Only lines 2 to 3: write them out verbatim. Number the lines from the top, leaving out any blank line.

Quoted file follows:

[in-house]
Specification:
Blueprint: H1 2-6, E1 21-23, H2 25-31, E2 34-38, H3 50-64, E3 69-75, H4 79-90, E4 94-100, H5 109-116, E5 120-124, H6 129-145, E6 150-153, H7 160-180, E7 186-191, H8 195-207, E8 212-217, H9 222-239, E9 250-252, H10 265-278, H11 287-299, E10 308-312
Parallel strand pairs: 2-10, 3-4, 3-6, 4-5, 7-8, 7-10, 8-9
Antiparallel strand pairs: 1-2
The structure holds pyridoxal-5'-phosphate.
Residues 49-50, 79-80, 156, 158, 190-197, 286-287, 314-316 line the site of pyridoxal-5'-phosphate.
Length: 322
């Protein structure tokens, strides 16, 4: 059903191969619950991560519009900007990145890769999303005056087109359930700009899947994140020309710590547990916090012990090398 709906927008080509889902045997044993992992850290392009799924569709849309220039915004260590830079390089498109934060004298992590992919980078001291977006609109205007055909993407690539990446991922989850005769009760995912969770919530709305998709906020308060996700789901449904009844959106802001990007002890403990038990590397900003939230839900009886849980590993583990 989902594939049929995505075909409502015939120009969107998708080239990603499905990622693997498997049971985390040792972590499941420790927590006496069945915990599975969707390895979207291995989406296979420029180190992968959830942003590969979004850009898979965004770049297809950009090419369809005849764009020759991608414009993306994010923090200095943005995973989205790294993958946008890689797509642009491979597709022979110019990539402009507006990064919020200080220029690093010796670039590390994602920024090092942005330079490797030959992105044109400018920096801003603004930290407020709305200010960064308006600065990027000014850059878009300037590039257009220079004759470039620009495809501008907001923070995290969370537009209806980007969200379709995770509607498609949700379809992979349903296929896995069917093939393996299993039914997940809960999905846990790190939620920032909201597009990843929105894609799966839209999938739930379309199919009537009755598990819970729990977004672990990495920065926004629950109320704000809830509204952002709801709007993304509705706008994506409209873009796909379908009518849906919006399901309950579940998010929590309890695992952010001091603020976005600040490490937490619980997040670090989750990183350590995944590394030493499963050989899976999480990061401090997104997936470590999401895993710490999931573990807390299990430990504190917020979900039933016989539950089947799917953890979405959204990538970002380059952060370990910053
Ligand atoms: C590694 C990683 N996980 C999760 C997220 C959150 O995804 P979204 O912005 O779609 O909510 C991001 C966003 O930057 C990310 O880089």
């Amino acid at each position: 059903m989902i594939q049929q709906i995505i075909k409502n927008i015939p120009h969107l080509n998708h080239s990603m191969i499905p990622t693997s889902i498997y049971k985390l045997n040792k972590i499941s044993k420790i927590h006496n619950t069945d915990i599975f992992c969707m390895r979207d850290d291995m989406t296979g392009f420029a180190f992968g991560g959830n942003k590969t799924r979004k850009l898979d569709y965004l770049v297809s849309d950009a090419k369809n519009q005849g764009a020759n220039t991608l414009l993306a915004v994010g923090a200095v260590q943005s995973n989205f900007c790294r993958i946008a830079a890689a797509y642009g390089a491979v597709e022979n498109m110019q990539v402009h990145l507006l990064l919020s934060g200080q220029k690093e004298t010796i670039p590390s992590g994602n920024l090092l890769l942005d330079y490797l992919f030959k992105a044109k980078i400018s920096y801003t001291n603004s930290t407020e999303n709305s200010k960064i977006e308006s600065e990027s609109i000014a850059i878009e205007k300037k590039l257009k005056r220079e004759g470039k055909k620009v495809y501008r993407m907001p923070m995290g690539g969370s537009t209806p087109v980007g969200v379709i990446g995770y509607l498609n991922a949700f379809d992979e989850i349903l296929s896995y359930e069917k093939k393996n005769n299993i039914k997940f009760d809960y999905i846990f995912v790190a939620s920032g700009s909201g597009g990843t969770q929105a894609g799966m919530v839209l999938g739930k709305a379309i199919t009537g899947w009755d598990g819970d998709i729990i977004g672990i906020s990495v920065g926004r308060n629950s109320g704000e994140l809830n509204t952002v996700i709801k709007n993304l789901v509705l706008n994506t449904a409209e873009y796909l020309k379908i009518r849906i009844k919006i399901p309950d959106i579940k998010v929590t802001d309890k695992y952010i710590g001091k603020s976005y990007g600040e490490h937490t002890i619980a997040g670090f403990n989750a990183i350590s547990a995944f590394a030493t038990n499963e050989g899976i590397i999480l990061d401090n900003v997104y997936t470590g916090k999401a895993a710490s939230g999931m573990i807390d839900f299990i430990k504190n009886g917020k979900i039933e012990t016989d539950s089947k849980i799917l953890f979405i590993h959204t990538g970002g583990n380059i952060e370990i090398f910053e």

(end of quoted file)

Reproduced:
Specification:
Blueprint: H1 2-6, E1 21-23, H2 25-31, E2 34-38, H3 50-64, E3 69-75, H4 79-90, E4 94-100, H5 109-116, E5 120-124, H6 129-145, E6 150-153, H7 160-180, E7 186-191, H8 195-207, E8 212-217, H9 222-239, E9 250-252, H10 265-278, H11 287-299, E10 308-312